Brain Surgery

When my son’s deep thalamic brain tumor had not only grown internally but also changed structurally, the NF clinic decided it was time to intervene. I trust my son’s team of clinicians and researchers. Without brain surgery, my son’s right thalamic tumor would keep growing and eventually choke off important neural pathways affecting the use of the left side of his body. With brain surgery, he might have some temporary brain damage. Temporary. What an important word. We arrived at the hospital early, and, after all the preparatory measures, my son was wheeled away from me to go into surgery. Due to his NF, my son experiences a lot of anxiety. That morning, he held my hand. At the time, I thought he needed my reassurances due to his own anxiety. I later found out he held my hand to relieve me of mine. As his mother, I tend to wear that imprint of his anxiety as well.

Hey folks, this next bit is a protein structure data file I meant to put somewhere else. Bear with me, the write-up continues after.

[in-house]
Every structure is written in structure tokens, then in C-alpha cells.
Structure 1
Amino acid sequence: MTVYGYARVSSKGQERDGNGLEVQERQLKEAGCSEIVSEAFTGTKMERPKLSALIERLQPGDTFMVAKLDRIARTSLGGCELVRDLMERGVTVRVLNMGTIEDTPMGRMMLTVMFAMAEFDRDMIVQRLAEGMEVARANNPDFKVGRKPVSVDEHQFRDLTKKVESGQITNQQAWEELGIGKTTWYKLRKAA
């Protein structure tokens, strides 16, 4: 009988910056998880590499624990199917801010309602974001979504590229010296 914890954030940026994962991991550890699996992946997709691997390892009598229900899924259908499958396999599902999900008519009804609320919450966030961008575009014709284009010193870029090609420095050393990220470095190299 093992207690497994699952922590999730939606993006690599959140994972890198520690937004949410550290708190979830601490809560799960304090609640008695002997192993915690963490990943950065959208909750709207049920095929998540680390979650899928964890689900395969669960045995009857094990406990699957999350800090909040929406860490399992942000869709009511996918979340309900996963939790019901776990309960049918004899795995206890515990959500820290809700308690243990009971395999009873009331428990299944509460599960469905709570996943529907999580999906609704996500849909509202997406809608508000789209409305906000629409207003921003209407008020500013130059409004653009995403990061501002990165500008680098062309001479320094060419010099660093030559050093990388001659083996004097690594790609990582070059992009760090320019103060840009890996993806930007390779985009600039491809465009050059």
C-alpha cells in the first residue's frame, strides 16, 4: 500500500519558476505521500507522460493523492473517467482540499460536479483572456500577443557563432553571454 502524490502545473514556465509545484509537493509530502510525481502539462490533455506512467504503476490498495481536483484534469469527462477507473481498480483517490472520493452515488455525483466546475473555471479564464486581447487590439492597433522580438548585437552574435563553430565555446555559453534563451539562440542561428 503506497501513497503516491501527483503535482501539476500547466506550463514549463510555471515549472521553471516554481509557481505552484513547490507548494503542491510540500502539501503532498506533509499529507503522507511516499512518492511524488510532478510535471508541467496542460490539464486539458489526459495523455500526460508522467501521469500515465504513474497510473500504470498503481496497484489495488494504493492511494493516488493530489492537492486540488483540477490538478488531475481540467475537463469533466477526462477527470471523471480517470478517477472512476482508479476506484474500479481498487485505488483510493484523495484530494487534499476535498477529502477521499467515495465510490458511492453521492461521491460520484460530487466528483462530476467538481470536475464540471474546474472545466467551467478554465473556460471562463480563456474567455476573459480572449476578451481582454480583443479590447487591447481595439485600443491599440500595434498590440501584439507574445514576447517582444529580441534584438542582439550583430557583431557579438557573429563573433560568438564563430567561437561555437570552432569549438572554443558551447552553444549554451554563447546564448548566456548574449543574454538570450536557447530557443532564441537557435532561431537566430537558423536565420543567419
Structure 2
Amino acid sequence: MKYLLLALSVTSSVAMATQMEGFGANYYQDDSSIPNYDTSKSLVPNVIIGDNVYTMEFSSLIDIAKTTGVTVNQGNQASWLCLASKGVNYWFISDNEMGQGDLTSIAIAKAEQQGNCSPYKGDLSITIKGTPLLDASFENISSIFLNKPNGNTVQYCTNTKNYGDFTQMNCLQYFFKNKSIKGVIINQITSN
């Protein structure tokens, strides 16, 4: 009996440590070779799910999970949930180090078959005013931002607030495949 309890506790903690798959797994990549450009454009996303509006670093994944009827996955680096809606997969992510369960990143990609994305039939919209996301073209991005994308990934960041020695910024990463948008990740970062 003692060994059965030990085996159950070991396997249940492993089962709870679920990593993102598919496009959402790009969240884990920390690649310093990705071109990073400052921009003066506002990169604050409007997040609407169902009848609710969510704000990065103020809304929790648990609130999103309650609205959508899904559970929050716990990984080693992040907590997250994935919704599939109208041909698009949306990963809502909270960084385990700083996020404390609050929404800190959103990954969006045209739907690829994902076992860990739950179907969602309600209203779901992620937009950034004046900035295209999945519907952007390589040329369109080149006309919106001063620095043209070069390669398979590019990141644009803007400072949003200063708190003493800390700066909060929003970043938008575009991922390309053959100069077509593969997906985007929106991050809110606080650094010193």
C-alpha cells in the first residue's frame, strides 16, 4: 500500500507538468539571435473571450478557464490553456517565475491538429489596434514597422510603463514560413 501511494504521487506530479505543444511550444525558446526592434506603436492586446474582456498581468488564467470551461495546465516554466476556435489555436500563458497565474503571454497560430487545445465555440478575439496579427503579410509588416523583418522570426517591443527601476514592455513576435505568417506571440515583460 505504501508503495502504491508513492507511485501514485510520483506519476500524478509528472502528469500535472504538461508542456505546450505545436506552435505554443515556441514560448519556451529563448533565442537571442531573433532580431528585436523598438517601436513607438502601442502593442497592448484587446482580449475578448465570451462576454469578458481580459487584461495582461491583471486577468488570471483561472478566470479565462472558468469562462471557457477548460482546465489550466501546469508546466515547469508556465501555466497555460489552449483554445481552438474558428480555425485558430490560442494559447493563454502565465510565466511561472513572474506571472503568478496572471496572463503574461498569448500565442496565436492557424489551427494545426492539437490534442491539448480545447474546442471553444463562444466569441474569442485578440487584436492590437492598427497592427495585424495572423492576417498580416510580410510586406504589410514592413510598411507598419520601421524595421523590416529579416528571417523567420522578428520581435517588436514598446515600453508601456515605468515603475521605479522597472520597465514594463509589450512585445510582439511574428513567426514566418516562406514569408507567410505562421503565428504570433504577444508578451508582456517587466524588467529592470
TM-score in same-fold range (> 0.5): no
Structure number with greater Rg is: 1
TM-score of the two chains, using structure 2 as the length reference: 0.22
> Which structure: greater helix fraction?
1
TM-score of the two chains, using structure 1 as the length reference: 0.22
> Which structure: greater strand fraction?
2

Hours later, we were reunited on the seventh-floor pediatric intensive care unit recovery room. My son was not awake. My husband and I had no idea what to expect. There was talk of just temporary paralysis and temporary blindness. Would any of this come true? I just stared at him, waiting for him to awaken. After what seemed like a very long time, he awoke and could see and move his extremities. I could finally exhale.

Figure 1. Uncertain Outcomes, 2020


Courtesy of Rachel Mindrup.


Monotype, 24" x 18".


I captured my anxiety after his brain tumor surgery by completing a monoprint, Uncertain Outcomes (see Figure 1). A monoprint is a unique process that combines printmaking and painting, resulting in a one-of-a-kind image that is developed on a flat plate with oil or water mediums and then transferred to paper.3 This type of printmaking suited me well in processing my experience as a mother. I made one print. There will be no other prints. I do not want to repeat that experience multiple times. When I look at this image, I wonder: How many other parents and caregivers look down on their child who has also had life-changing surgery and are also feeling that general mood of passivity?

Figure 2. This Can’t Be Good for me Long Term, 2021


Courtesy of Rachel Mindrup.


Monotype, 30" x 24".


Figure 3. This Can’t Be Good for me Long Term (Ghost Print), 2021


Courtesy of Rachel Mindrup.


Monotype (ghost print), 30" x 24".